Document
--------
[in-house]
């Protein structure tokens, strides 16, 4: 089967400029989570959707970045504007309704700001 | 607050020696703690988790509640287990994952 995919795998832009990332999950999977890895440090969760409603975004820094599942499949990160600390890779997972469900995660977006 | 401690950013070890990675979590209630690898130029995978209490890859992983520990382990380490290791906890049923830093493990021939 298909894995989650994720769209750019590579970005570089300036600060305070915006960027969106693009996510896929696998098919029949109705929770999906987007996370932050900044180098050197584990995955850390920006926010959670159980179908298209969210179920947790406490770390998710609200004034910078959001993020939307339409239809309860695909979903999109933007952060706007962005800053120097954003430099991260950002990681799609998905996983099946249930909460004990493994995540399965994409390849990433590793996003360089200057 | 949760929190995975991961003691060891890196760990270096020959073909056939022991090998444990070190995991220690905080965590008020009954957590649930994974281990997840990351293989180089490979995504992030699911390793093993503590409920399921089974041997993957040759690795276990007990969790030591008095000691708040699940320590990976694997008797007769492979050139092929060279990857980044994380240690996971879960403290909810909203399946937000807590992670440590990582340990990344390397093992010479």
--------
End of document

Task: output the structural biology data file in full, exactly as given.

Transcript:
[in-house]
């Protein structure tokens, strides 16, 4: 089967400029989570959707970045504007309704700001 | 607050020696703690988790509640287990994952 995919795998832009990332999950999977890895440090969760409603975004820094599942499949990160600390890779997972469900995660977006 | 401690950013070890990675979590209630690898130029995978209490890859992983520990382990380490290791906890049923830093493990021939 298909894995989650994720769209750019590579970005570089300036600060305070915006960027969106693009996510896929696998098919029949109705929770999906987007996370932050900044180098050197584990995955850390920006926010959670159980179908298209969210179920947790406490770390998710609200004034910078959001993020939307339409239809309860695909979903999109933007952060706007962005800053120097954003430099991260950002990681799609998905996983099946249930909460004990493994995540399965994409390849990433590793996003360089200057 | 949760929190995975991961003691060891890196760990270096020959073909056939022991090998444990070190995991220690905080965590008020009954957590649930994974281990997840990351293989180089490979995504992030699911390793093993503590409920399921089974041997993957040759690795276990007990969790030591008095000691708040699940320590990976694997008797007769492979050139092929060279990857980044994380240690996971879960403290909810909203399946937000807590992670440590990582340990990344390397093992010479």